Roughly 25 million U.S. households log on to the Internet while they’re watching the TV — a 39% increase over last year, according to a study commissioned by cabler Showtime Networks.
Study, based on data collected earlier this year by Ascolese Associates and co-released with media research firm Paul Kagan Associates, also found that news, sitcom and sports programming collectively accounted for more than 90% of the simultaneous TV-Internet usage.
“We’re beginning to see more and more correlated programming, with shows like ‘Survivor’ and ‘(Who Wants to Be a) Millionaire’ offering online content to complement the broadcasts,” said Mark Greenberg, Showtime exec VP for corporate strategy and communications. “Programmers are realizing that some people want more than just a passive experience with television.”
Showtime’s research also found that PC penetration in the U.S. now tops 55 million households, with 45 million connected to the Web. Those figures rep increases of 22% and 36%, respectively, over 1999.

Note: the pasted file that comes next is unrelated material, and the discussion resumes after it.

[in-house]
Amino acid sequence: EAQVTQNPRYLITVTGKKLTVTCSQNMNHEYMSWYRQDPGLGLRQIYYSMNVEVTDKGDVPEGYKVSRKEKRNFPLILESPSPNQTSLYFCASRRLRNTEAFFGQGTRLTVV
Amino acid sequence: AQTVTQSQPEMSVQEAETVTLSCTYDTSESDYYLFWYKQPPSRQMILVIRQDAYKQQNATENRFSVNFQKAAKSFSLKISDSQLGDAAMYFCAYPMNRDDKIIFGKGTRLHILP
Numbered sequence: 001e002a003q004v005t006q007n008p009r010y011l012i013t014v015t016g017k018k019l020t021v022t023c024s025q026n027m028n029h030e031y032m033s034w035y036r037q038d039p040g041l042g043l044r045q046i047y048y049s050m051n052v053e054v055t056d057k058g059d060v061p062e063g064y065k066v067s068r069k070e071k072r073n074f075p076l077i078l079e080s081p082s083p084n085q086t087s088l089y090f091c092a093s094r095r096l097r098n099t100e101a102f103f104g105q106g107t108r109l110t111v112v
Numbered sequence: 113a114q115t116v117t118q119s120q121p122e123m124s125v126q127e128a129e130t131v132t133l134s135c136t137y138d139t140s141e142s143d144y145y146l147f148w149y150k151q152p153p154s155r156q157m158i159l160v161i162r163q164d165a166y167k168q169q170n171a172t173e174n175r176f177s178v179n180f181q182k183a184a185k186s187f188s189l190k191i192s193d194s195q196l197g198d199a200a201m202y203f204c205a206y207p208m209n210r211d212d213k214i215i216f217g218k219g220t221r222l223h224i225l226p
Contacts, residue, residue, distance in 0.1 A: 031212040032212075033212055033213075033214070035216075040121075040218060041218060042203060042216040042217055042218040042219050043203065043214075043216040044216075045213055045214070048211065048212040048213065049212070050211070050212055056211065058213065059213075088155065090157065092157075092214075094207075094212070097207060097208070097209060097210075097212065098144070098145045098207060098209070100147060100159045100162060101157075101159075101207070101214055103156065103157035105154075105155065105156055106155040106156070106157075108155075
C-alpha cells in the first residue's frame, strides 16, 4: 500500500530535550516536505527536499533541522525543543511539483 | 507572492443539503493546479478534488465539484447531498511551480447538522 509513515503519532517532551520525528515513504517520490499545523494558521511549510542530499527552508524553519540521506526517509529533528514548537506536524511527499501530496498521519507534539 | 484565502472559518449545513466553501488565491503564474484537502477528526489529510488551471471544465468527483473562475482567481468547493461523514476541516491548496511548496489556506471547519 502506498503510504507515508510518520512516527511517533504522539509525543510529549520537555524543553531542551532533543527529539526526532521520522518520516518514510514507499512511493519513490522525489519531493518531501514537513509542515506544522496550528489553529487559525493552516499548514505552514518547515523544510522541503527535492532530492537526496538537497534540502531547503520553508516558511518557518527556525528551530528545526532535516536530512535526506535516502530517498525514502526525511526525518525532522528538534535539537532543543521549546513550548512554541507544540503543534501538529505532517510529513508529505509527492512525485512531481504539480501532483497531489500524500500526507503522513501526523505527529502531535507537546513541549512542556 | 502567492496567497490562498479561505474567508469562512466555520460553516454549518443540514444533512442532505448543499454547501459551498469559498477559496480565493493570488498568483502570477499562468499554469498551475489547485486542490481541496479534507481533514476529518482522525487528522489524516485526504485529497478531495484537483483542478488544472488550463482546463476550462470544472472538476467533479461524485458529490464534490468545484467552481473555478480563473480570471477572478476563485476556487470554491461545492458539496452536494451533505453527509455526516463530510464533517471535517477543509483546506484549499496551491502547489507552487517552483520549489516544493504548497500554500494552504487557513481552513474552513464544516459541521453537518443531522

Many users, however, are accessing content on the ‘Net that isn’t directly related to the television programs they’re watching, Greenberg said.
In fact, users often go online to find content that’s supplemental to the broadcast, such as stock quotes or sports scores. In effect, they’re creating their own homemade form of enhanced TV, or TV with direct links to concurrent content on the Web, he added.
That may imply that Internet-TV multitaskers are ready for more enhanced TV content, but webs and cablers are still approaching the market cautiously.
“We’re all still trying to figure out what is the best economic model,” Greenberg said. “You can’t just assume that ‘if you build it, they will come,’ because there’s way too much money at stake.”